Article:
The world in writer Sarah Freligh’s yellow spiral notebook
Sarah Freligh has ventured out of the house, which she admits hasn’t been all that often since COVID reared its viral head. But here she is, sitting at a window table in Spot Coffee on East Avenue, writing in a yellow, spiral-bound notebook.
It is a very writerly scene.
“Writing should be easy,” Freligh says. “It should be satisfying. I’m not going to say fun, there should be other things…”
Fun, of course, is subjective.
Freligh has published four well-reviewed books, collections of poems and shards of fiction. On Sunday, she’ll be a big part of “Moving Images” at The Little Café. Starting at 6:30 p.m., Freligh and nine other poets will read their film-inspired poems, with some jazz trumpet by Mike Kaupa thrown into the mix. It’s the third year for this series of words and music; the next show is April 23, featuring another local poet, William Heyen.
It will be a short walk to the show for Freligh, who lives in an apartment with windows overlooking downtown Rochester. She notes that this week, the taller buildings have been lit in blue in red, “because of the Bills.”
Of course, Freligh would notice that. One section of her résumé reads: Sportswriter for the Philadelphia Inquirer. She spent two years covering Penn State football. But, “I just couldn’t deal with Joe,” she says. Or, more specifically, she couldn’t deal with the hero worship that accompanied the school’s legendary coach, Joe Paterno.
Hero worship that came into serious question years later: What did Paterno know of the allegations against, and the subsequent conviction of his assistant, Jerry Sandusky, for child sexual abuse? Freligh believes that Paterno must have known something. Whatever he knew, or didn’t know, it led to the coach’s downfall.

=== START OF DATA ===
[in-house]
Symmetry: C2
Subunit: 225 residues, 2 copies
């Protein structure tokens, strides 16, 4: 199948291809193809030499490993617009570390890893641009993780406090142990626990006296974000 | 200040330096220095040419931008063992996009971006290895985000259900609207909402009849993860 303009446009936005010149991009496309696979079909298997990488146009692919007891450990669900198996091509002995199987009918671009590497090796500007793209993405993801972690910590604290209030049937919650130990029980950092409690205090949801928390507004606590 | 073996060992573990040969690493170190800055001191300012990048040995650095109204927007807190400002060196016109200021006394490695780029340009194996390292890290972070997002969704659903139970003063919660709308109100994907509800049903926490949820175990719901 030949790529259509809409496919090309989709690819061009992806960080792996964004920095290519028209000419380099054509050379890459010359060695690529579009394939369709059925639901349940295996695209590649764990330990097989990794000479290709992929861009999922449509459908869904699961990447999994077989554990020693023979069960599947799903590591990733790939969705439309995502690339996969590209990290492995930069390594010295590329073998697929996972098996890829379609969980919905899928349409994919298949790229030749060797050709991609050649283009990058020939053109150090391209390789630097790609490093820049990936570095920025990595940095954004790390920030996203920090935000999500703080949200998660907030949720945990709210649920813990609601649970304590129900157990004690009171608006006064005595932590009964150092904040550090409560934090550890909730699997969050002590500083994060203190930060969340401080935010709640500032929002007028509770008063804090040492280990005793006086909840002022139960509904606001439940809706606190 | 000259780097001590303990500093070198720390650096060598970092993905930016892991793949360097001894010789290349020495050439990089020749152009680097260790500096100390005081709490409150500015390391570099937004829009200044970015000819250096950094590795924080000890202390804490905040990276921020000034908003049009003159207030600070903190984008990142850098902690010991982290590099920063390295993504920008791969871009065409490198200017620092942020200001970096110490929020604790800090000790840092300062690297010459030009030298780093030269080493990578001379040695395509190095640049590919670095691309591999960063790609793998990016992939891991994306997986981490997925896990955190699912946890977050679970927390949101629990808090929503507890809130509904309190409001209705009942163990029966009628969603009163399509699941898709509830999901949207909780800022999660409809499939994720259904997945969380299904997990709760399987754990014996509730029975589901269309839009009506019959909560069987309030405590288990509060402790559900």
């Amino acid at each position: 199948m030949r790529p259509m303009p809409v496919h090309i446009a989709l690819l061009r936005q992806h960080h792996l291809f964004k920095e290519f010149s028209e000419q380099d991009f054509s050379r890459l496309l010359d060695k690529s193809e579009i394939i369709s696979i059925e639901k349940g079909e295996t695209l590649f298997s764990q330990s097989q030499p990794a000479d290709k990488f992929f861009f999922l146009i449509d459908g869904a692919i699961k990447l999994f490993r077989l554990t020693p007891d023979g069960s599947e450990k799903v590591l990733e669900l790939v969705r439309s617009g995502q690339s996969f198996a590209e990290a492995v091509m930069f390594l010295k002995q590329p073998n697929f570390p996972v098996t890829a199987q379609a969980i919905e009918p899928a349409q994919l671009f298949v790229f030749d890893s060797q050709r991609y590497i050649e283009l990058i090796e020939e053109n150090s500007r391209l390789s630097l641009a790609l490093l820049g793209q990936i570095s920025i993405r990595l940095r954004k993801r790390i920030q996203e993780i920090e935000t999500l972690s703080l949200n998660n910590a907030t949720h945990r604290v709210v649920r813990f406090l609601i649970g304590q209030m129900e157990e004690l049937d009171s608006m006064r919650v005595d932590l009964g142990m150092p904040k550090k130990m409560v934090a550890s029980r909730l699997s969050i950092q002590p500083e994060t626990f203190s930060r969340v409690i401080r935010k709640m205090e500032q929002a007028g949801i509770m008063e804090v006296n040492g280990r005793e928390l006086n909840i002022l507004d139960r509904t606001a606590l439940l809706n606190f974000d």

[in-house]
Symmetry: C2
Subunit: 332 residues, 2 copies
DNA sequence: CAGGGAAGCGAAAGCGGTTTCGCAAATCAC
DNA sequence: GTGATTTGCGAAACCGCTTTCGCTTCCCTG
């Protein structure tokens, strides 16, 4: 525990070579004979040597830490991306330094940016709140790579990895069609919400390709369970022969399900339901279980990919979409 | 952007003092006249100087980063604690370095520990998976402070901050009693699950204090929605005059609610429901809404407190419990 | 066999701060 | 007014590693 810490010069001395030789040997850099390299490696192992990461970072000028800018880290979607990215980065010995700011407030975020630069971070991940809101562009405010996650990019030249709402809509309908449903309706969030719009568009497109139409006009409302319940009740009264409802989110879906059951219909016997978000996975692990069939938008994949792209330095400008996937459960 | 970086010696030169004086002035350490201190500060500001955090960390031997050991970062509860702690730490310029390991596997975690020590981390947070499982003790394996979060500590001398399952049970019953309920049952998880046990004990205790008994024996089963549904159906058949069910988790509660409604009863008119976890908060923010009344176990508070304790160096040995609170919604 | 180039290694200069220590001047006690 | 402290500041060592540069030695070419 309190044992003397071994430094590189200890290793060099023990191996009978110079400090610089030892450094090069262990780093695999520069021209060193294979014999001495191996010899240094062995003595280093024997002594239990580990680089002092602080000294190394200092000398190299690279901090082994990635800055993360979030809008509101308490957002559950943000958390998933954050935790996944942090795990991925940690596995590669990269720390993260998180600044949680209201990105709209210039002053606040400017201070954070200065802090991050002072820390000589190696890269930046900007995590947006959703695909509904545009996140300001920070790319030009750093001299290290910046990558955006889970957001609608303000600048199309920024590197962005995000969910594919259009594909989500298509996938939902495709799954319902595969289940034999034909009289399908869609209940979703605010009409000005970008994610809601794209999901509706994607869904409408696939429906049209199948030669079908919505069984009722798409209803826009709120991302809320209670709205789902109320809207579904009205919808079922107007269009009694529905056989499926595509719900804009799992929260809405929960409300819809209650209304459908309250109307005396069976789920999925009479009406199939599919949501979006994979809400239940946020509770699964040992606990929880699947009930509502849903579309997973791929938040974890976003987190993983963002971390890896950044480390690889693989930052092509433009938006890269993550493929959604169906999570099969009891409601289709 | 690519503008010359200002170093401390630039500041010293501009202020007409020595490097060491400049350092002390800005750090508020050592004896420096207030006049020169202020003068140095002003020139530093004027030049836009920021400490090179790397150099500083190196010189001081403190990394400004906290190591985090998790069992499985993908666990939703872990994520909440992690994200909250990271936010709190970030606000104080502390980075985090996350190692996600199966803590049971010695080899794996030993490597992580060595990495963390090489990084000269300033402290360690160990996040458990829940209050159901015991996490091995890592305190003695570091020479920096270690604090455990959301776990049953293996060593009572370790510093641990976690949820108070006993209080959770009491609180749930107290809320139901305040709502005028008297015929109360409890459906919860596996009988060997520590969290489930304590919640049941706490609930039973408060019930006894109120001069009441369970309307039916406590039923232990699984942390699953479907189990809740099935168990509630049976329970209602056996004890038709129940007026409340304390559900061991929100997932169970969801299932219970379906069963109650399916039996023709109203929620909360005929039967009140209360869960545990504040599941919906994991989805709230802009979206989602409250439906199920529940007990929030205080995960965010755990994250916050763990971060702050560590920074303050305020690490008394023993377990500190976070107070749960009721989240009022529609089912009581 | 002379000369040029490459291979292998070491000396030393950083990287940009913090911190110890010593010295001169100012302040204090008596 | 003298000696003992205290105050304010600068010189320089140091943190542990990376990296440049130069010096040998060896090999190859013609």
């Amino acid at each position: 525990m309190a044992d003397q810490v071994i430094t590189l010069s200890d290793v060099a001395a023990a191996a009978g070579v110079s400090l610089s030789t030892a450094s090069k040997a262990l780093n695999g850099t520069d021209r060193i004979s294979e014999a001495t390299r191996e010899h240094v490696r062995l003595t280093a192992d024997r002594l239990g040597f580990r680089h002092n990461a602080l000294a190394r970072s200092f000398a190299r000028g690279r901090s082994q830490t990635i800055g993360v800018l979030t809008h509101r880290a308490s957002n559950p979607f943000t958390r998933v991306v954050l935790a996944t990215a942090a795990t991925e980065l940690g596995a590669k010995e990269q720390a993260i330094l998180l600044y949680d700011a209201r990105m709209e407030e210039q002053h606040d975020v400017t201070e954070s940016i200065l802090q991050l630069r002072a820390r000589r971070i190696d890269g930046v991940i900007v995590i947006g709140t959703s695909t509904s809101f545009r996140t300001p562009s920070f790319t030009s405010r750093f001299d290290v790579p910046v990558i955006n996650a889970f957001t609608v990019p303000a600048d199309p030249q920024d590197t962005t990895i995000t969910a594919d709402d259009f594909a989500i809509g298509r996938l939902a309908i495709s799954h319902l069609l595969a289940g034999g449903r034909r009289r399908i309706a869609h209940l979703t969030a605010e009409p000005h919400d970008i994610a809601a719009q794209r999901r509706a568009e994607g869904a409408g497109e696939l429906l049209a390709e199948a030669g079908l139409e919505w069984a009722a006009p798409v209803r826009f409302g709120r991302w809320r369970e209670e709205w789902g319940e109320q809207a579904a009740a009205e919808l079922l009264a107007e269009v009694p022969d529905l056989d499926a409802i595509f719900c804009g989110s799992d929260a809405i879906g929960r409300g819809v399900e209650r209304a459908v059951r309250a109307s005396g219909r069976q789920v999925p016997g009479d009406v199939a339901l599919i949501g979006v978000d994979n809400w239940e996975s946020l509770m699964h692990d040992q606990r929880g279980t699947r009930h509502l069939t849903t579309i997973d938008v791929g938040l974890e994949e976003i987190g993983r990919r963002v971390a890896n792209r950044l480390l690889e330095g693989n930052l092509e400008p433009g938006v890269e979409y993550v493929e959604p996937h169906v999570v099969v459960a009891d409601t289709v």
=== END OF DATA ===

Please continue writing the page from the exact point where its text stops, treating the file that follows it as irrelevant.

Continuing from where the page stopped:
“It’s never the event itself,” Freligh says, “it’s the coverup.”
From college football, Freligh moved on to writing about boxing for the Inquirer. It was the glory and gory years of the middleweights. Tommy Hearns, Sugar Ray Leonard, Marvin Hagler and Alexis Arguello. She recalls going to Arguello’s motel room after he’d lost a big fight, to get some quotes for her story. Arguello was there with his friends, singing. “He had a nice voice,” she says.
But “I was tired of writing other people’s words,” Freligh says. “I wanted to write my own.”
Her sister lived in Rochester, and in 1991, Freligh followed her here. Vowing to never again work for a corporation, she supported herself with a series of jobs, including at Writers & Books and the Rochester Philharmonic Orchestra, while trying to create a career for herself as a writer. Getting close, working at the indie publisher BOA Editions, from which, “I took home an armful of books every night.” It was in those borrowed books that Freligh found she was writing too many words.
She would be a poet, and author of very short pieces of fiction. Micro fiction. She teaches classes in that now from her website.
Freligh’s characters carry the weight of people who have just about had enough of this world. Washing up like driftwood on the river’s shore. Gathering, perhaps in a flash-fiction piece, as words that barely crowd a page. Such as her “The Restaurant at the End of the World.”
“The restaurant at the end of the world never closes. We serve eggs-over-easy late at night, bowls of chili with extra spices, and pitchers of beer at daybreak.”
I have to be careful here… I’ve already given you too much of “The Restaurant at the End of the World.” Well, one more paragraph won’t hurt.